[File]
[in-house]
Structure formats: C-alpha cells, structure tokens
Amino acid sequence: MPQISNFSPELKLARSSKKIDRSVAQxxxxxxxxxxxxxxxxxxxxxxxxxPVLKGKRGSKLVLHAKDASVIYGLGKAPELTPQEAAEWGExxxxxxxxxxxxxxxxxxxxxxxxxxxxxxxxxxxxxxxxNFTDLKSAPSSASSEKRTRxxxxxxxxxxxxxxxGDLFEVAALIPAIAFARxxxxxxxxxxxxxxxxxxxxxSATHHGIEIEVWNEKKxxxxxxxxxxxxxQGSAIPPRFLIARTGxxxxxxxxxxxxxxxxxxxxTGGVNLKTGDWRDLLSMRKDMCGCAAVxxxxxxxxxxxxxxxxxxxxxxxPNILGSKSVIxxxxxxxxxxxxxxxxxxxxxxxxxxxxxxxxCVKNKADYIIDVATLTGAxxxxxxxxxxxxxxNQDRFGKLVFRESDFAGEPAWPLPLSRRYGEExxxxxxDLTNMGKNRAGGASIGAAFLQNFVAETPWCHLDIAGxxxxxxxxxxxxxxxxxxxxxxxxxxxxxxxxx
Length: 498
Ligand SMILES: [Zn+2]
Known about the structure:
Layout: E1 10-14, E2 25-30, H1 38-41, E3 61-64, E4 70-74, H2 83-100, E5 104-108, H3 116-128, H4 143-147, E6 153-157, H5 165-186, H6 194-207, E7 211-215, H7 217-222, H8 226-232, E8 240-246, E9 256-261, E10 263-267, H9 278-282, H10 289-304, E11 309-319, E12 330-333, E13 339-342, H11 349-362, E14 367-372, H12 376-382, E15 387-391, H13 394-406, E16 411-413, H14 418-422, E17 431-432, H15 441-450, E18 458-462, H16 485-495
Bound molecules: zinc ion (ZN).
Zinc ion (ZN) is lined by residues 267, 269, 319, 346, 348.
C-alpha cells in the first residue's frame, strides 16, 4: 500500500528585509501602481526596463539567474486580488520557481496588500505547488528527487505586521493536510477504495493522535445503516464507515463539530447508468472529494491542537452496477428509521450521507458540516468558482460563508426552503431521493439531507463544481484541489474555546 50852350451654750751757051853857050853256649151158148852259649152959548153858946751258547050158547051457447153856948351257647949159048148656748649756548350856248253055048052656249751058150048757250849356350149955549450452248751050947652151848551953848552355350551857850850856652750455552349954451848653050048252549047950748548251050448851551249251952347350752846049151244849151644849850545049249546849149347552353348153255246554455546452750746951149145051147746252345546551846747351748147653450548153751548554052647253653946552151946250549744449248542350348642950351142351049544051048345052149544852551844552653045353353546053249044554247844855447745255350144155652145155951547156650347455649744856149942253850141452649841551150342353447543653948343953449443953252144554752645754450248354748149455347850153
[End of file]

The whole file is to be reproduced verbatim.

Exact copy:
[in-house]
Structure formats: C-alpha cells, structure tokens
Amino acid sequence: MPQISNFSPELKLARSSKKIDRSVAQxxxxxxxxxxxxxxxxxxxxxxxxxPVLKGKRGSKLVLHAKDASVIYGLGKAPELTPQEAAEWGExxxxxxxxxxxxxxxxxxxxxxxxxxxxxxxxxxxxxxxxNFTDLKSAPSSASSEKRTRxxxxxxxxxxxxxxxGDLFEVAALIPAIAFARxxxxxxxxxxxxxxxxxxxxxSATHHGIEIEVWNEKKxxxxxxxxxxxxxQGSAIPPRFLIARTGxxxxxxxxxxxxxxxxxxxxTGGVNLKTGDWRDLLSMRKDMCGCAAVxxxxxxxxxxxxxxxxxxxxxxxPNILGSKSVIxxxxxxxxxxxxxxxxxxxxxxxxxxxxxxxxCVKNKADYIIDVATLTGAxxxxxxxxxxxxxxNQDRFGKLVFRESDFAGEPAWPLPLSRRYGEExxxxxxDLTNMGKNRAGGASIGAAFLQNFVAETPWCHLDIAGxxxxxxxxxxxxxxxxxxxxxxxxxxxxxxxxx
Length: 498
Ligand SMILES: [Zn+2]
Known about the structure:
Layout: E1 10-14, E2 25-30, H1 38-41, E3 61-64, E4 70-74, H2 83-100, E5 104-108, H3 116-128, H4 143-147, E6 153-157, H5 165-186, H6 194-207, E7 211-215, H7 217-222, H8 226-232, E8 240-246, E9 256-261, E10 263-267, H9 278-282, H10 289-304, E11 309-319, E12 330-333, E13 339-342, H11 349-362, E14 367-372, H12 376-382, E15 387-391, H13 394-406, E16 411-413, H14 418-422, E17 431-432, H15 441-450, E18 458-462, H16 485-495
Bound molecules: zinc ion (ZN).
Zinc ion (ZN) is lined by residues 267, 269, 319, 346, 348.
C-alpha cells in the first residue's frame, strides 16, 4: 500500500528585509501602481526596463539567474486580488520557481496588500505547488528527487505586521493536510477504495493522535445503516464507515463539530447508468472529494491542537452496477428509521450521507458540516468558482460563508426552503431521493439531507463544481484541489474555546 50852350451654750751757051853857050853256649151158148852259649152959548153858946751258547050158547051457447153856948351257647949159048148656748649756548350856248253055048052656249751058150048757250849356350149955549450452248751050947652151848551953848552355350551857850850856652750455552349954451848653050048252549047950748548251050448851551249251952347350752846049151244849151644849850545049249546849149347552353348153255246554455546452750746951149145051147746252345546551846747351748147653450548153751548554052647253653946552151946250549744449248542350348642950351142351049544051048345052149544852551844552653045353353546053249044554247844855447745255350144155652145155951547156650347455649744856149942253850141452649841551150342353447543653948343953449443953252144554752645754450248354748149455347850153